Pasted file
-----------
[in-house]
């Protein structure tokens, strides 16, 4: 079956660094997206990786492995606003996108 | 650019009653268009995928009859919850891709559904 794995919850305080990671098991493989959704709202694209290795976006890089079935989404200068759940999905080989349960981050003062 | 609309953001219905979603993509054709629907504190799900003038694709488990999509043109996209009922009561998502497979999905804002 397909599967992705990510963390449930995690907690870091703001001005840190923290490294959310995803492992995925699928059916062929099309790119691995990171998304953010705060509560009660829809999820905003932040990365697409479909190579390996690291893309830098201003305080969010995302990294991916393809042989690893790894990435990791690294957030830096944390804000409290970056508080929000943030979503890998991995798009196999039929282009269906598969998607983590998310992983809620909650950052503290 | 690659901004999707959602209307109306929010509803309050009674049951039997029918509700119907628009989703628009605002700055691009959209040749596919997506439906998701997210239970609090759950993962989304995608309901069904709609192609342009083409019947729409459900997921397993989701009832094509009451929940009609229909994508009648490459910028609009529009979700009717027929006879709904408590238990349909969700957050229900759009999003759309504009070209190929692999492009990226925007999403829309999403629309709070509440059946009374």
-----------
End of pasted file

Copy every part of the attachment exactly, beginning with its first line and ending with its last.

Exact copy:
[in-house]
């Protein structure tokens, strides 16, 4: 079956660094997206990786492995606003996108 | 650019009653268009995928009859919850891709559904 794995919850305080990671098991493989959704709202694209290795976006890089079935989404200068759940999905080989349960981050003062 | 609309953001219905979603993509054709629907504190799900003038694709488990999509043109996209009922009561998502497979999905804002 397909599967992705990510963390449930995690907690870091703001001005840190923290490294959310995803492992995925699928059916062929099309790119691995990171998304953010705060509560009660829809999820905003932040990365697409479909190579390996690291893309830098201003305080969010995302990294991916393809042989690893790894990435990791690294957030830096944390804000409290970056508080929000943030979503890998991995798009196999039929282009269906598969998607983590998310992983809620909650950052503290 | 690659901004999707959602209307109306929010509803309050009674049951039997029918509700119907628009989703628009605002700055691009959209040749596919997506439906998701997210239970609090759950993962989304995608309901069904709609192609342009083409019947729409459900997921397993989701009832094509009451929940009609229909994508009648490459910028609009529009979700009717027929006879709904408590238990349909969700957050229900759009999003759309504009070209190929692999492009990226925007999403829309999403629309709070509440059946009374």